The artists at Southbank Mosaics- sculptors, ceramicists and mosaic artisans work together on the understanding that everyone (and we don’t just mean the chosen) has a sacred spark of creativity within them. Stamp out the spark, lock-up the potential and you get no-go zones, where the bully boys hold court. What has happened since St Johns was dedicated as a sculpture garden, is that local people have realised the potential to create something special and unique, within themselves. They have worked in partnership with the authorities, who through laziness or neglect, allowed the space to deteriorate; and without argument, they have rejected indolence, rolled up their sleeves and created a memorable place.

This task has been realised by including the destitute, depressed and downtrodden. Those with odd-ball ideas and crazy twitiches can find a place here too. We may not like everything you do or say, but we respect the sacred life within you and are ready to include you in our merry crew. Could the run-down estates, the desolate streets and mown over sparse lands, be opened up by those in nominal authority and shared with local residents? Instead of indolence could we find the means to nurture creativity? This opens up a pandora’s box of potential horror as well as delight. Certain ground rules will need to be agreed early on: some sense of sharing, communion and peace. Some way of allowing work that has no durability or is out of place, to be put to one side and replaced. But could we create hundreds of jobs, making our towns and cities beautiful? Could local residents start to look at the dull streets, the forgotten parks, the run-down estates around where they live and join with others to do something about it? Could we start to create employment in tangible posts that make a difference?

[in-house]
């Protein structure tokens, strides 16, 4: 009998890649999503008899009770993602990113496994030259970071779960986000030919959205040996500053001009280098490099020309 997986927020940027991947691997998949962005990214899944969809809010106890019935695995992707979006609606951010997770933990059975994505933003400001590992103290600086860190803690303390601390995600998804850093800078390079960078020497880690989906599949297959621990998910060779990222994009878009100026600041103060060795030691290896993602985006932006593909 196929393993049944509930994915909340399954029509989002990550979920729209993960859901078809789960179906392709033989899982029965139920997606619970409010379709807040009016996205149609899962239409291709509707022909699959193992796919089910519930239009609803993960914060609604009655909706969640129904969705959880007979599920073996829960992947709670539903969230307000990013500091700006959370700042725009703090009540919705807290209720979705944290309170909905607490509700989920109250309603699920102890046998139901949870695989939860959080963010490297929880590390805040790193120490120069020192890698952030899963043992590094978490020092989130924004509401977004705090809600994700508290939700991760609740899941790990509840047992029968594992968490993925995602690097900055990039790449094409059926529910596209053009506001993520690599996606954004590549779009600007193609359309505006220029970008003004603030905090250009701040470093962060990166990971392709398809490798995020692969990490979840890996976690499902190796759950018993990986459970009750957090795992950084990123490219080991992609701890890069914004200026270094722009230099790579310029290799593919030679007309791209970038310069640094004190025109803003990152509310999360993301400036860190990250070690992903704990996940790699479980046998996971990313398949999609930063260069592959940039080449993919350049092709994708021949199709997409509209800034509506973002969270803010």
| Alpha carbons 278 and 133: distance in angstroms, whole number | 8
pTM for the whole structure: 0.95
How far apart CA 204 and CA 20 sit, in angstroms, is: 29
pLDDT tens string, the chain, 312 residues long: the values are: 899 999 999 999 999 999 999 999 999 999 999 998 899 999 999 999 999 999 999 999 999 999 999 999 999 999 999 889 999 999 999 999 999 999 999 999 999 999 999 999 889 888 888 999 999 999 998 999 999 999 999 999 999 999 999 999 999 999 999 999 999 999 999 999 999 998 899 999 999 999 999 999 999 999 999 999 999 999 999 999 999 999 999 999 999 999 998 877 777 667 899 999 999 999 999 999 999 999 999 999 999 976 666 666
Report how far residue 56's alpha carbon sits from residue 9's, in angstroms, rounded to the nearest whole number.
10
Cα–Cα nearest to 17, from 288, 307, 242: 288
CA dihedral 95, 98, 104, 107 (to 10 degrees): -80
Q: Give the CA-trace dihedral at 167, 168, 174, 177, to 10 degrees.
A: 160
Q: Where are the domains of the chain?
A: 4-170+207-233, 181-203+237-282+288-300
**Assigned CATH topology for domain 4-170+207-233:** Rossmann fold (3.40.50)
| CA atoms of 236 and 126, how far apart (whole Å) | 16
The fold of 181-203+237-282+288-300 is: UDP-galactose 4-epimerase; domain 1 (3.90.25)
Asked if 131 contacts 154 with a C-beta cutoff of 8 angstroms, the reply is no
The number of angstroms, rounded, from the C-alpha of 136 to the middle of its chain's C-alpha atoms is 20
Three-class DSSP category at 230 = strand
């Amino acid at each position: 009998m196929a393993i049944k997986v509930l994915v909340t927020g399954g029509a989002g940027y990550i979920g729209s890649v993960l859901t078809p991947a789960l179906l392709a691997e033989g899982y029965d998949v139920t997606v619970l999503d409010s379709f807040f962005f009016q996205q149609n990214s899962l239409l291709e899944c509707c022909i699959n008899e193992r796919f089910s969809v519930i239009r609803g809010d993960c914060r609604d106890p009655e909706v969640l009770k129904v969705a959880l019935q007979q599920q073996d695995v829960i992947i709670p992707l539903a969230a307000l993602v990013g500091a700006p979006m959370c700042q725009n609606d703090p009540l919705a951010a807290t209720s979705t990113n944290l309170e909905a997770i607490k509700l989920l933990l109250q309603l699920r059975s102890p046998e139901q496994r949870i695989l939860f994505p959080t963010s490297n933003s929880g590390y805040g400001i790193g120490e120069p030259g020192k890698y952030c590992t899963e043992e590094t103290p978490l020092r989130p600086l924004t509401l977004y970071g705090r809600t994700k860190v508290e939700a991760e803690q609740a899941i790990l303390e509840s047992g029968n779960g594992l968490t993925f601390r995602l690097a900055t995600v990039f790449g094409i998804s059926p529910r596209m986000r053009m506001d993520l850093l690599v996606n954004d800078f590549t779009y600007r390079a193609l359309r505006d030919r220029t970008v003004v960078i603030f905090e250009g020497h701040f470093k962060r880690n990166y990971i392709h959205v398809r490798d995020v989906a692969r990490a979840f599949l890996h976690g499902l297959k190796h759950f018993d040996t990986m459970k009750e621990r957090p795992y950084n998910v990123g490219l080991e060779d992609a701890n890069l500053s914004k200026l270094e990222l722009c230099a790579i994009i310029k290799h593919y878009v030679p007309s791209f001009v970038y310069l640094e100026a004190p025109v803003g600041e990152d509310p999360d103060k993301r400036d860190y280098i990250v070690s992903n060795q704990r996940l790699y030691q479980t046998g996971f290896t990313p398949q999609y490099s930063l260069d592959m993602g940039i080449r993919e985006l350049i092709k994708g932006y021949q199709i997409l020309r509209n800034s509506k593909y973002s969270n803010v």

There is a memorial to the homeless people in St Johns Sculpture Garden. It is a form of sculpture in itself: a part yoni-linga. The inspiration for the mosaics was Monet’s water lillies, painted in the last years of his life, when he was unable to leave his own garden and went down to its pond, repeatedly painting the water lillies there. For some people, their whole world is a very small place. The seating built in St Johns Garden has to be made so no one can sleep on it, so there are some unusual shapes. The memorial has the names of those who have died written on to the ceramic leaves of a plane tree and embedded into the seat. But people have continued to die in the garden or on the streets outside. So a new Tree of Life, topped with a sculpted cat and owl, has been built next to the memorial and lines have been left down the side of the Tree of Life, where new names can be added. The first name has been placed on the Tree of Life: Gary Pierce. Gary had been living on the street and around St Johns Garden, since 1979, when the sad death of his wife shocked him into a breakdown, from which he never fully recovered.  Gary loved his music and would often talk about Mahler or Brahms, or a concert he was hoping to get into at the Festival Hall. He brought the good out in many people. Surely his life is as valuable as an investment bankers?